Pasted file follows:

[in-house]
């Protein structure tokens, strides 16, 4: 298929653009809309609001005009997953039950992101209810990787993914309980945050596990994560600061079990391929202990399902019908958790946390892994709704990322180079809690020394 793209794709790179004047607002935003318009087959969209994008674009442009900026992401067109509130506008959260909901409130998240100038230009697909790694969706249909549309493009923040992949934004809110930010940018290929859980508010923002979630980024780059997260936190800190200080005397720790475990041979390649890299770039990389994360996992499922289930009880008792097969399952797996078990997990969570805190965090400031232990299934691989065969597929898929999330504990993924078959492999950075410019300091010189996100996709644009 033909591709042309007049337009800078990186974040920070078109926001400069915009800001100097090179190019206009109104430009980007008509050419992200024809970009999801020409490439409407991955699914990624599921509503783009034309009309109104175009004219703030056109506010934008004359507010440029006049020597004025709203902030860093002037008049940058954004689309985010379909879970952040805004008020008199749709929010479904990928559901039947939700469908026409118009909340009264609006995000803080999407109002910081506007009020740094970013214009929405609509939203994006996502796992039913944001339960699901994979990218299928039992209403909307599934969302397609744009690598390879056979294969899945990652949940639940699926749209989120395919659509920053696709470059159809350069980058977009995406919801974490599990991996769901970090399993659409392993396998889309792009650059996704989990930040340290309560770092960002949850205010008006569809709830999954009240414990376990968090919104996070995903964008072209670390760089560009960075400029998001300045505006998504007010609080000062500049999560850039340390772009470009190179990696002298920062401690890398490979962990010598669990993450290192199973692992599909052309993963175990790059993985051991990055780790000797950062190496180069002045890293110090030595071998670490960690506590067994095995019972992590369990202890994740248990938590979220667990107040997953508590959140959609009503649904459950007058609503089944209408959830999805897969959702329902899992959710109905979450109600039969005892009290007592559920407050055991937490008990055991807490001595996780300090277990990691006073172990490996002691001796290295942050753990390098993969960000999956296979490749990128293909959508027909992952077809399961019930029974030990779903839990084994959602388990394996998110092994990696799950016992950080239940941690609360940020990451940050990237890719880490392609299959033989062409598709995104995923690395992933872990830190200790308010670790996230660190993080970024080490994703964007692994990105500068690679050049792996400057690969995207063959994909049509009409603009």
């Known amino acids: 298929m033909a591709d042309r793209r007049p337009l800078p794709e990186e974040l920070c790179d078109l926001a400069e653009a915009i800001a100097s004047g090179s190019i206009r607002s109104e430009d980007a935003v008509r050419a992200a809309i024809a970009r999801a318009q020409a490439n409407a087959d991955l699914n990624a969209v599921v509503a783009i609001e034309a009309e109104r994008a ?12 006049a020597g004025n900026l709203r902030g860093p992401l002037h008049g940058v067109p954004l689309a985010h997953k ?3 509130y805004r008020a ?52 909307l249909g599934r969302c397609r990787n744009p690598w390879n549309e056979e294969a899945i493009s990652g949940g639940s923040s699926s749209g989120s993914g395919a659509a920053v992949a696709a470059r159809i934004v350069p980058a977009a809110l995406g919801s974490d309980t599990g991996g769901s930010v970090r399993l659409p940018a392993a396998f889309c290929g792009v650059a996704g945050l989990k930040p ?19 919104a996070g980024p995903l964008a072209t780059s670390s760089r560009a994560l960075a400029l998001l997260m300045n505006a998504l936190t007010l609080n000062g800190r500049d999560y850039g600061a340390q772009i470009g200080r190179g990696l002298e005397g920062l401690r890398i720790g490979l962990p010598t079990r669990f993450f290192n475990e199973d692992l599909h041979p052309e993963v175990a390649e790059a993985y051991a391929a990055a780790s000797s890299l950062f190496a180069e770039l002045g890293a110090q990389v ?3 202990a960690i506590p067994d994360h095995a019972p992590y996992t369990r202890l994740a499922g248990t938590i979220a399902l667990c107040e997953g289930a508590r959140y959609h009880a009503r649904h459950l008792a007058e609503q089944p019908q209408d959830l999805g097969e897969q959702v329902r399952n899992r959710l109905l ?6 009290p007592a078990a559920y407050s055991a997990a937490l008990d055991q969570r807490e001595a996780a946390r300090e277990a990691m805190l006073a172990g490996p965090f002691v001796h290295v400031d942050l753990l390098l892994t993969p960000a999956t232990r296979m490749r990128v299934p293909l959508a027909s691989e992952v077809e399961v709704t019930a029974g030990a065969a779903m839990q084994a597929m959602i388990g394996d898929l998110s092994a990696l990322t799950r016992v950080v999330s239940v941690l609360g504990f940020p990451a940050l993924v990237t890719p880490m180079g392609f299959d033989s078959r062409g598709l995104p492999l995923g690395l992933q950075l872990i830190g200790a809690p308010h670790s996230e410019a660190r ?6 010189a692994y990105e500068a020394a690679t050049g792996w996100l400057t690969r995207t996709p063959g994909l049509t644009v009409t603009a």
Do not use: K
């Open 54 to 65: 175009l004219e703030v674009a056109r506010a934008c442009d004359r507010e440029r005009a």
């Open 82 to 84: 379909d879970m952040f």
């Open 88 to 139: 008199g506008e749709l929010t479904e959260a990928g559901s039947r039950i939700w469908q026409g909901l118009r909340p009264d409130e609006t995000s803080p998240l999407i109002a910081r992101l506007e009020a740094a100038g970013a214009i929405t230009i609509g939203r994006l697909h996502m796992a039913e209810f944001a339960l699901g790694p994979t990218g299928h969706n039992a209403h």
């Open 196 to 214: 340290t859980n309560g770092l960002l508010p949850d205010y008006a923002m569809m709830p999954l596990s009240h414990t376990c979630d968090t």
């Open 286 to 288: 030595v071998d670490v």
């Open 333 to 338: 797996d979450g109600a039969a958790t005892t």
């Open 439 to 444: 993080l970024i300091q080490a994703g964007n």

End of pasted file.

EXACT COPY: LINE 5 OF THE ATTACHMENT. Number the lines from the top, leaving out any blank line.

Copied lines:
């Open 54 to 65: 175009l004219e703030v674009a056109r506010a934008c442009d004359r507010e440029r005009a």